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June Payrolls: policy concerns ease
June payrolls beat expectations at 287,000 vs. 180,000 consensus, and the unemployment rate rose for the right reason: labor force participation rate (including the 25-54yr category) rose vs. prior, and part-time workers for economic reasons fell. Nevertheless, the report would also gave policymakers reasons to be cautious. Average hourly earnings (wage growth) cooled at 0.08% MoM vs. 0.2% consensus, and the dismal May payrolls was revised a notch lower to 11,000 from 38,000 (two month net revision at -6,000).
June payrolls in detail
Broader unemployment rate (U6) declined to 9.6% in June vs. 9.7% in May, and the headline (U3) unemployment rate rose to 4.9% vs. 4.7% prior with labor force participation rate at 62.7% vs. 62.6% prior. Prime age (25-54yr) participation rate rose to 81.2% vs. 81.0% prior, and part-time workers for economic reasons (involuntary part-time workers) fell:
Some market participants argued that the six-and-a-half week strike by Verizon workers (which began on April 13) had an outsized impact on recent payrolls, and data suggest such distortion was indeed a factor. Telecommunication sector saw an unusual burst of strong hiring (28,000) in June, which displaced the usual top hiring categories of Food Services and Drinking Places, as well as Professional, Scientific and Technical Services. Similarly, a sizable number (32,000) of Telecommunication jobs were lost in May.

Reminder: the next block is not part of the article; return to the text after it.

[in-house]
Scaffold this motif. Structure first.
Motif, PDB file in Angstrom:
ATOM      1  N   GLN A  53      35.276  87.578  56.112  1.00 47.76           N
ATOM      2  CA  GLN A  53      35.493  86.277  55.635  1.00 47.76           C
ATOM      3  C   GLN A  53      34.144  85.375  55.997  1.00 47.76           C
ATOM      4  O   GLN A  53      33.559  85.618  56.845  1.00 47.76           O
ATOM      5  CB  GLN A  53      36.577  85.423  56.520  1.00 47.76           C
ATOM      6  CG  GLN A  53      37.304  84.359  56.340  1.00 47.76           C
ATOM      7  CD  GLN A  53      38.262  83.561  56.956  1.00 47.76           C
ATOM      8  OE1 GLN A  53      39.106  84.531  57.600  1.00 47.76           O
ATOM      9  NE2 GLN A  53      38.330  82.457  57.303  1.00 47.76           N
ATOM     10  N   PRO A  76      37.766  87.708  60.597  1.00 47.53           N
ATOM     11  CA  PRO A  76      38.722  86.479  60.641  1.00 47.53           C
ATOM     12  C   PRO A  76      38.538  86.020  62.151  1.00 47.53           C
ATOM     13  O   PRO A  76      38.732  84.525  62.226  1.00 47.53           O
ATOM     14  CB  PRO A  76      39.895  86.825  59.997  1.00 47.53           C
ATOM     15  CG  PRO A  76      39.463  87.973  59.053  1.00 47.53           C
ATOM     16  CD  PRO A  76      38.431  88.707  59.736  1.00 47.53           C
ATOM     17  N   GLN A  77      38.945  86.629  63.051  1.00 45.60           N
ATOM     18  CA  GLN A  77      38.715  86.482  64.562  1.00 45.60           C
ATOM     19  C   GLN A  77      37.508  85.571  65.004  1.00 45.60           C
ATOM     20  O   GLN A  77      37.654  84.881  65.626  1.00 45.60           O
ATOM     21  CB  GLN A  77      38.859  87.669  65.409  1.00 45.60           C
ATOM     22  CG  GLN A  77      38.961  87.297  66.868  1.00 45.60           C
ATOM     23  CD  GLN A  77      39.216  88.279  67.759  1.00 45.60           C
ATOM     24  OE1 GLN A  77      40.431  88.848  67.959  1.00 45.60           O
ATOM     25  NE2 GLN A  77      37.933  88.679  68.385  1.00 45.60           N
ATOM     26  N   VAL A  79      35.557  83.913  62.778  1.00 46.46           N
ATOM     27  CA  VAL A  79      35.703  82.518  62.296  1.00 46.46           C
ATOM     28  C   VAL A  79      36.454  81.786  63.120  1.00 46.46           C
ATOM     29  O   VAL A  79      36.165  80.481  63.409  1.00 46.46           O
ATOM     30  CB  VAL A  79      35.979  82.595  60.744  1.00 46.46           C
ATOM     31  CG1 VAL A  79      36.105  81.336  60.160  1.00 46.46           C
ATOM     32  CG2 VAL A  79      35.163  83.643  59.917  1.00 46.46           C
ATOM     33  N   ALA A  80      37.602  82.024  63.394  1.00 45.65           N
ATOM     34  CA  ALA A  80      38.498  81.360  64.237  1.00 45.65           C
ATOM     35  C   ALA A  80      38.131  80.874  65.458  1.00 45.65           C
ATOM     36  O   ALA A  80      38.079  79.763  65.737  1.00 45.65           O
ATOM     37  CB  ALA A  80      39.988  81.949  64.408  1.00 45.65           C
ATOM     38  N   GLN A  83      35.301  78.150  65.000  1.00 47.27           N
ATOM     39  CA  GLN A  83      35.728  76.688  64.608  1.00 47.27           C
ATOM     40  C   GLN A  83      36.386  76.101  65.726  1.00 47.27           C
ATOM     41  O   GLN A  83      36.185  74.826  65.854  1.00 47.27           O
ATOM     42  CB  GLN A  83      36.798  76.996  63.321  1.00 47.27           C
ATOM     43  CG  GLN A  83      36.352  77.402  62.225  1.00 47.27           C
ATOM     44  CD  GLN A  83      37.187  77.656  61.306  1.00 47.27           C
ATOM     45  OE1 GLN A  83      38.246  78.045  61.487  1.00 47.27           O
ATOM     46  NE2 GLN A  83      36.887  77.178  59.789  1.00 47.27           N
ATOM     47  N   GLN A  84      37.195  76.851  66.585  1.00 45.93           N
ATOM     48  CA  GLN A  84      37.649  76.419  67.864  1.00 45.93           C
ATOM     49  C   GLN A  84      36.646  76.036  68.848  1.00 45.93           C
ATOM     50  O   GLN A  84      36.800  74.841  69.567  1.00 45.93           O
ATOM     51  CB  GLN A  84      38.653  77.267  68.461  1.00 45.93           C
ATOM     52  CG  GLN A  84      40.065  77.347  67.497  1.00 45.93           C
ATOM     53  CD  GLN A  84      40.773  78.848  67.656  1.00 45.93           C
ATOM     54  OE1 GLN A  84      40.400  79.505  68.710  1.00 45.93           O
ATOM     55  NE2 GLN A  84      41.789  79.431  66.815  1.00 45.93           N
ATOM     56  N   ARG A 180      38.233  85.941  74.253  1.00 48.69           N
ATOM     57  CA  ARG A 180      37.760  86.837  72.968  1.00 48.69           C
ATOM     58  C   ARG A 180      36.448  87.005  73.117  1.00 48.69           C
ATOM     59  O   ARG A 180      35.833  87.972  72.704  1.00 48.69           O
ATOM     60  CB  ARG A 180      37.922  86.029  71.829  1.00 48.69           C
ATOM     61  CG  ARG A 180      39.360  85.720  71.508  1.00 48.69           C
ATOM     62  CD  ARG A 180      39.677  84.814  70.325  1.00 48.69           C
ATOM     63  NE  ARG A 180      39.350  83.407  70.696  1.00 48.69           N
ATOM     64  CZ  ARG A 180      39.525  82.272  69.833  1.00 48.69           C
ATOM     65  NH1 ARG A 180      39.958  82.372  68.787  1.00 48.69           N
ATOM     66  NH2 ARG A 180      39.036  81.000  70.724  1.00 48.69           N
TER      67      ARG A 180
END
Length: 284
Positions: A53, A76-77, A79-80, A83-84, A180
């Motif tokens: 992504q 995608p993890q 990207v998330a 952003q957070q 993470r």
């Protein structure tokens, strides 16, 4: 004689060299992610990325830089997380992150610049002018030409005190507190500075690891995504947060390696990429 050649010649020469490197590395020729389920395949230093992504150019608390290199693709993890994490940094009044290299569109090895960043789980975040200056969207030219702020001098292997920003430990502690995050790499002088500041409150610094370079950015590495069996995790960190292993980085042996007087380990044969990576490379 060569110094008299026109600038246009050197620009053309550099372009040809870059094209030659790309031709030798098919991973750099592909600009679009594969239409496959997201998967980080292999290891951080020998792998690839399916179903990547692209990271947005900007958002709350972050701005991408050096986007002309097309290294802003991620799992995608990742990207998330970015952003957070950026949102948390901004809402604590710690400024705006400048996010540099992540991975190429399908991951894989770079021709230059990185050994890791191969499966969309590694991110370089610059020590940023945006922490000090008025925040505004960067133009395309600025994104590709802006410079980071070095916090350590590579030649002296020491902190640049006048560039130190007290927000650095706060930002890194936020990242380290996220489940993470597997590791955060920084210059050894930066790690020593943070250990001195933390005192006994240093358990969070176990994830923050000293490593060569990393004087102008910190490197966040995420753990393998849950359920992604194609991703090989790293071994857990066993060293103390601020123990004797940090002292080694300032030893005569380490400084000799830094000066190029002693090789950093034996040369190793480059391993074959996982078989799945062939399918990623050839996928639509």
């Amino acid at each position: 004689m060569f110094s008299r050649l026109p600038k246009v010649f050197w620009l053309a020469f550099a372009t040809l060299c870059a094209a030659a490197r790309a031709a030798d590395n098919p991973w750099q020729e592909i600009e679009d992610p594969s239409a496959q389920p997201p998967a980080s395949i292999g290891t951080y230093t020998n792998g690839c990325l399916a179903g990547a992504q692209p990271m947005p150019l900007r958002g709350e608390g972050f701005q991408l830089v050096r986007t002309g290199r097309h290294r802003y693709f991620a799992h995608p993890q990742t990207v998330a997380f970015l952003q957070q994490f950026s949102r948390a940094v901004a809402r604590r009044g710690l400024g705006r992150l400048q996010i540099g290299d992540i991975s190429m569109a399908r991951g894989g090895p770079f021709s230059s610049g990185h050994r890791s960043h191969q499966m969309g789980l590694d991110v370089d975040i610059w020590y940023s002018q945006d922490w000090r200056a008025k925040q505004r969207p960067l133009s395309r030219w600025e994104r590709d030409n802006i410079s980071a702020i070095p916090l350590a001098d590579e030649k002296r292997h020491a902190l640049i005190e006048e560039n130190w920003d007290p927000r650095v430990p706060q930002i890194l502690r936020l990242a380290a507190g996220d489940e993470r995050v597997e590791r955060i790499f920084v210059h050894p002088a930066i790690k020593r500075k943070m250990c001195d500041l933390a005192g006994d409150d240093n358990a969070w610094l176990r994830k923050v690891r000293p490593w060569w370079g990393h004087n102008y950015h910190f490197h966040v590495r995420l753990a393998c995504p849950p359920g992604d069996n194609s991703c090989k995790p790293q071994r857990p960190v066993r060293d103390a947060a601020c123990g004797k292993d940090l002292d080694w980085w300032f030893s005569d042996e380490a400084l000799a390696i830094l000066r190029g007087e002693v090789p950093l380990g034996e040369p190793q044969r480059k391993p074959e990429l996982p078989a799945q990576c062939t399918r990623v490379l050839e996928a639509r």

This would support Chair Yellen’s remark that some data distortions (transitory factors) were behind recent declines in payroll growth (San Francisco Fed President Williams’ seasonality thesis, however, remains difficult to assess):
Of course, it is important not to overreact to one or two reports, and several other timely indicators of labor market conditions still look favorable. One notable development is that there are some tentative signs that wage growth may finally be picking up. That said, we will be watching the job market carefully to see whether the recent slowing in employment growth is transitory, as we believe it is.
The highly watched average hourly earnings was softer than expected: MoM change at 0.08% vs. 0.2% consensus, and YoY wage growth stood at 2.6% vs. 2.7% expectations. Volatility in this figure is not uncommon to financial market participants, but it would give policymakers more reasons to be cautious on the central bank’s price stability mandate:
Governor Powell was optimistic on wage growth in his June 28 remarks:
There are welcome signs of a firming in wages, seen most clearly in the data on average hourly earnings, which are rising faster than the sum of inflation and productivity growth.
Long-term unemployed (27 weeks and over) rose to to 25.8% vs. 25.1% prior:
Next article07 06 2016 | by Victor Xing | Central Banks